Johnny Depp’s lawyers argued that Amber Heard has not shown that she suffered any prejudice due wrong juror showing up for the trial, and that she waived her right to object by not raising the issue sooner.
Johnny Depp’s legal representatives want the $10.35 million defamation verdict against the actor’s ex-wife Amber Heard to be upheld despite the possibility that the wrong juror showed up for the trial, reports Variety. Heard’s lawyers have argued that the verdict should be set aside and a new trial should be ordered because one of the seven jurors in the case never received a summons.
But in a filing on Monday (Pacific Standard Time), accessed by Variety, Depp’s lawyers argued that Heard has not shown that she suffered any prejudice due to the error, and that she waived her right to object by not raising the issue sooner.
Depp’s lawyers wrote: “Unsurprisingly, Ms. Heard cites to no case law to support her argument that the service of Juror 15 if he is not the same individual that the Court assigned as Juror 15 somehow compromised her due process and would warrant the drastic remedy of ‘setting aside the verdict and ordering a new trial’. Ms. Heard makes no showing of any prejudice, and accordingly her speculative arguments fail.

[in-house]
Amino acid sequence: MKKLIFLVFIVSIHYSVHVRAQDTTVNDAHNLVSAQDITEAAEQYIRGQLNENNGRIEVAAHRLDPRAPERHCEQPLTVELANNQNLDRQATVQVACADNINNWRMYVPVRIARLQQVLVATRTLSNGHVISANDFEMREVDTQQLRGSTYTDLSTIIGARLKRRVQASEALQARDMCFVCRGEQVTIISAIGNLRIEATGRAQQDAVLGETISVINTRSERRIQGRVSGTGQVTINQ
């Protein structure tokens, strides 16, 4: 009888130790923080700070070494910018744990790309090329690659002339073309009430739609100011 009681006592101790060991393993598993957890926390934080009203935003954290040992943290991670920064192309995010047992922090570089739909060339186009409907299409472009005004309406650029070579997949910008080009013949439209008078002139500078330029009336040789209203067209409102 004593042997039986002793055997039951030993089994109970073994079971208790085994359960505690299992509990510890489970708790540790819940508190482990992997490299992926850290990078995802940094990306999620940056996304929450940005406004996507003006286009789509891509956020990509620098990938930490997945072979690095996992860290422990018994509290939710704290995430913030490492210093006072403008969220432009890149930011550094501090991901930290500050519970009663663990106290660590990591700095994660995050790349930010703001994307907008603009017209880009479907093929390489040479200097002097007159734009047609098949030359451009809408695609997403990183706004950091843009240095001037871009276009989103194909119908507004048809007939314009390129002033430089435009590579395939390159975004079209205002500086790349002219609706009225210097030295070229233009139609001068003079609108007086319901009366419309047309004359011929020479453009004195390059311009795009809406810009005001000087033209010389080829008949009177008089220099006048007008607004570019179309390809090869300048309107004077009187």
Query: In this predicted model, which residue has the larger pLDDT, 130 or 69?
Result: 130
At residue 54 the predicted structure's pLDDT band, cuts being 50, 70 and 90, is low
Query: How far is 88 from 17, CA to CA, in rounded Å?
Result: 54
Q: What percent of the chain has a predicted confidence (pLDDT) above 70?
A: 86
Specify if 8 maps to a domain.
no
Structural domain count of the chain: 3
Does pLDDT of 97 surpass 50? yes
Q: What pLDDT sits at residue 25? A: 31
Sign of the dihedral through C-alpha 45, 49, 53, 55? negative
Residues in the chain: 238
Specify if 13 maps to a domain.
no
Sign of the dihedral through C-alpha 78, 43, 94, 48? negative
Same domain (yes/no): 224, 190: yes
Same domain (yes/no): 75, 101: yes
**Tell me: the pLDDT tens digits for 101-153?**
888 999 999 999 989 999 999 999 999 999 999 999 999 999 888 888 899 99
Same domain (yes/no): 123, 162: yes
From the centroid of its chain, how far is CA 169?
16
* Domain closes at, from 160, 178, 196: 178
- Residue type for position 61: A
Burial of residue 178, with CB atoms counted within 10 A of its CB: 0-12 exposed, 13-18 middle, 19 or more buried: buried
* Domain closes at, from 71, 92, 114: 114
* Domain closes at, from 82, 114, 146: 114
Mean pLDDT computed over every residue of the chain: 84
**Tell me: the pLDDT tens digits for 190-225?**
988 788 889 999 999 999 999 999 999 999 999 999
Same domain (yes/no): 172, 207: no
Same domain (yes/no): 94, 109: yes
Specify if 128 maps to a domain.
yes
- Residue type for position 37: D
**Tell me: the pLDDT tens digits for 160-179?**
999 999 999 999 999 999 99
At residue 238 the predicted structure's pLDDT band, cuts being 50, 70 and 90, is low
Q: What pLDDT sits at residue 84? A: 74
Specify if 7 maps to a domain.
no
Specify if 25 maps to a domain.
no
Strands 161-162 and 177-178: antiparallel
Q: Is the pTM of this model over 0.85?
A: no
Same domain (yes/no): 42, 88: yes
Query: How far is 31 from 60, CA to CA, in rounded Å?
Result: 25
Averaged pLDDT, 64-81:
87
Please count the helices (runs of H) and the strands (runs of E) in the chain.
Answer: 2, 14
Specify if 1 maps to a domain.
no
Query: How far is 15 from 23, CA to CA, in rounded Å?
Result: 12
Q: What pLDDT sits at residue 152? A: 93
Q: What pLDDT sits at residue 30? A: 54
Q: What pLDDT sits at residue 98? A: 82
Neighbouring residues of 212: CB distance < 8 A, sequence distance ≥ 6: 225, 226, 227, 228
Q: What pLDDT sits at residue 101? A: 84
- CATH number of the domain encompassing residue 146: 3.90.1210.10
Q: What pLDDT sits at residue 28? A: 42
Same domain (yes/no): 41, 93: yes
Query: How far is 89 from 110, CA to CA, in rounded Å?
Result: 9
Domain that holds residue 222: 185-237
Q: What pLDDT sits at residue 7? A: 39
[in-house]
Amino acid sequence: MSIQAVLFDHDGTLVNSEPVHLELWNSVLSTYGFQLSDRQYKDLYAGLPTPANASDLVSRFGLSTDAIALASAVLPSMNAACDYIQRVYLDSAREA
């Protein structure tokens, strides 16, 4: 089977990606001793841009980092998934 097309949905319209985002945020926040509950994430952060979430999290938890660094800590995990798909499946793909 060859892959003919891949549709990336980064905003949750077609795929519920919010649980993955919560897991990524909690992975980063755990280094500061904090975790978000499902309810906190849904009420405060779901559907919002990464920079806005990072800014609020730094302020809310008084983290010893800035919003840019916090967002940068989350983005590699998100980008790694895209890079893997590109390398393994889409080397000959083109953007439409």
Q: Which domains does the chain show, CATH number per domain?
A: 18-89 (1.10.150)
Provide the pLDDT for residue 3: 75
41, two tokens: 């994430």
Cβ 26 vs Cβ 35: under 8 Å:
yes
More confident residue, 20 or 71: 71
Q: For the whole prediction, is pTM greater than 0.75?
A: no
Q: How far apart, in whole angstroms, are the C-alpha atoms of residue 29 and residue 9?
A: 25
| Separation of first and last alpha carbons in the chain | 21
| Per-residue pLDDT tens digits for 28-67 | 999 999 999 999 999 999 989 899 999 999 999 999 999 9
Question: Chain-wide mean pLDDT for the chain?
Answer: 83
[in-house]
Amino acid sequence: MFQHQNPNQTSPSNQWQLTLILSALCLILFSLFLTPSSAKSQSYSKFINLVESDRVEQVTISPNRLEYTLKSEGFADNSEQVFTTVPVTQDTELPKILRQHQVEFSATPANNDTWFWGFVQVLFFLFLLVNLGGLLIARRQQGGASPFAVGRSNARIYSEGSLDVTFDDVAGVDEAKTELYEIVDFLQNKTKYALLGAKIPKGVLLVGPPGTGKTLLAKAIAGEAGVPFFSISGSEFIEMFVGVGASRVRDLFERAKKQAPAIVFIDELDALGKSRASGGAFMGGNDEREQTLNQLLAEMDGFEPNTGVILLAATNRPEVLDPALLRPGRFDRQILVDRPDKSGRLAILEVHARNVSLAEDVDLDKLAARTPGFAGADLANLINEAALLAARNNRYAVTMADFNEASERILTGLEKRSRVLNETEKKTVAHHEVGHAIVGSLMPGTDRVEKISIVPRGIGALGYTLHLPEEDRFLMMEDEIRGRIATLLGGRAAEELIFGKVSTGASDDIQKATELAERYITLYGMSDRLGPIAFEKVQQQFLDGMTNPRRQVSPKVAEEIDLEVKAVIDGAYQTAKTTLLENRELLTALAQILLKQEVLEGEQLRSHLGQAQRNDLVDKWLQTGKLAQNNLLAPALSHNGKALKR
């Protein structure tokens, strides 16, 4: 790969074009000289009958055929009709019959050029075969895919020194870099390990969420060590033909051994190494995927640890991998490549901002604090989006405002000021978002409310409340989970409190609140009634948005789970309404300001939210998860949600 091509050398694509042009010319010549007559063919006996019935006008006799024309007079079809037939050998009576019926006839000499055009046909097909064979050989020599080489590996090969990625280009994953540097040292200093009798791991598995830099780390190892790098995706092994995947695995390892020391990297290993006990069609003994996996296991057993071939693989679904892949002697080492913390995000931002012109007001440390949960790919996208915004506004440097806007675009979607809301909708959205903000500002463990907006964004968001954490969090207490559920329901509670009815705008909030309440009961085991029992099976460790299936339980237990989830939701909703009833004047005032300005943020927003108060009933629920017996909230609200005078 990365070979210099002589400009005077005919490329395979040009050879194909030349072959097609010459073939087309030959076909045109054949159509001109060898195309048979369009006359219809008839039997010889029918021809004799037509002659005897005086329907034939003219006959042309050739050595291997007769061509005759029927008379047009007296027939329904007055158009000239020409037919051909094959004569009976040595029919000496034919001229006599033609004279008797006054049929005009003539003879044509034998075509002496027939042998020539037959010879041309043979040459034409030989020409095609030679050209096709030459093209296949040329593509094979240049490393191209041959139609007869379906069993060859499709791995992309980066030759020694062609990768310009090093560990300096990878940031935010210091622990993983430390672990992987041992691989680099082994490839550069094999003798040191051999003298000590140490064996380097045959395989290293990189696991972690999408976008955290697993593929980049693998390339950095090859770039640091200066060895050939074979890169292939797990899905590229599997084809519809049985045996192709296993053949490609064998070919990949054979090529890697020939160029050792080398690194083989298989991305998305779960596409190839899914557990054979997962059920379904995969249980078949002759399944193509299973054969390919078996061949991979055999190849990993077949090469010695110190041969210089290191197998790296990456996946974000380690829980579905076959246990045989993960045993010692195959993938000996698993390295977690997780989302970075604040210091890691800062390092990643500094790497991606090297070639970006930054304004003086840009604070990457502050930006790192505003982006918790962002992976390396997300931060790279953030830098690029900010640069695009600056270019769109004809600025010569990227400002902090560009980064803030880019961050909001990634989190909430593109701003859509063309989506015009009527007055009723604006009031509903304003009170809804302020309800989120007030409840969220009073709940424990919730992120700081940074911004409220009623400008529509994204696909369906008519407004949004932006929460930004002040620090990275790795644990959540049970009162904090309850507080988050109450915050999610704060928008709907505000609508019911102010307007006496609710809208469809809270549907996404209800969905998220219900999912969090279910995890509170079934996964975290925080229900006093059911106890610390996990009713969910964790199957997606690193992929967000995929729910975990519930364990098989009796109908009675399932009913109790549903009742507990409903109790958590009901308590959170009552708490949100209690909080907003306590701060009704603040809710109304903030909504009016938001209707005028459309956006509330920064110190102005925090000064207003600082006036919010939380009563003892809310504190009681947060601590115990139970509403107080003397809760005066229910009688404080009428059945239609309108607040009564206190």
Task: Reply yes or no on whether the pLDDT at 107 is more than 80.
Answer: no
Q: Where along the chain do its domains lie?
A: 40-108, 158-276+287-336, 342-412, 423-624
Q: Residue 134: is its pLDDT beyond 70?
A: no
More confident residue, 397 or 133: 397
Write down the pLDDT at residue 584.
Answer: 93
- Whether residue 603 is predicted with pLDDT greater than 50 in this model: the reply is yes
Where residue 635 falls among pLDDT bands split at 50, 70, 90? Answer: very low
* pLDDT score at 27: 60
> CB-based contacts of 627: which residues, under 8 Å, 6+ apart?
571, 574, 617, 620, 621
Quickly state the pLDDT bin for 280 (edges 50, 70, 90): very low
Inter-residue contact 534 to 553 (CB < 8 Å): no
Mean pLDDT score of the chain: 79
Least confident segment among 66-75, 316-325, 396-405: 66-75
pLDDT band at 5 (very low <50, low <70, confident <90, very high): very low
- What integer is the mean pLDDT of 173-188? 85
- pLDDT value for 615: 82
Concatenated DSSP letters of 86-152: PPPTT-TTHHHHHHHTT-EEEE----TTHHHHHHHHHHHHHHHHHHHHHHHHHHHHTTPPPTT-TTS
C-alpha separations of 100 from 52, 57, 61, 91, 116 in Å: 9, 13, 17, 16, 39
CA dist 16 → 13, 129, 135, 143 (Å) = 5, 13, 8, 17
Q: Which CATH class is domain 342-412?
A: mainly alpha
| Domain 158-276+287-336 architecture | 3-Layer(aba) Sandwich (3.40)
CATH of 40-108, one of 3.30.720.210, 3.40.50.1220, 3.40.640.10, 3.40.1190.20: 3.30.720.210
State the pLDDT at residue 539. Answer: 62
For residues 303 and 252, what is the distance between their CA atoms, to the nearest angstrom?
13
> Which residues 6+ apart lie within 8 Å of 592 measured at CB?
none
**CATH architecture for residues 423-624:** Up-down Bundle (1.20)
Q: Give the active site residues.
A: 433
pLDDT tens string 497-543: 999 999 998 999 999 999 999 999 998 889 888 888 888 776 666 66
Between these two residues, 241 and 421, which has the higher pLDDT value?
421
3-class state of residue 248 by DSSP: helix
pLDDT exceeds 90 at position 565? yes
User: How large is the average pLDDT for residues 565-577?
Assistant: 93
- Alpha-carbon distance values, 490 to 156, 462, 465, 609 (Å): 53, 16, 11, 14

Variety further states that Depp was awarded $10.35 million after the jury found that Heard had defamed him by alluding to her domestic violence allegations in a December 2018 op-ed about the #MeToo movement. Heard was also awarded $2 million in a counterclaim, in which she alleged that Depp’s lawyer had defamed her by accusing her and her friends of creating an elaborate abuse hoax.
Heard’s lawyers have also sought to set aside the verdict for several other reasons. They have argued that Depp’s team made improper arguments at trial, seeking to hold her accountable for the initial domestic violence claims from 2016 which Depp had waived his right to challenge in the couple’s divorce settlement
They also argued that the jurors could not logically have found that Depp suffered any damage from the op-ed, which came more than two years later, after Depp’s reputation had already been severely harmed.
In the filing, Depp’s lawyers pointed to the evidence they had presented showing that Depp lost out on a sixth ‘Pirates of the Caribbean’ film in the wake of the op-ed. They argued that the evidence showed Depp was actually entitled to far more than $10 million.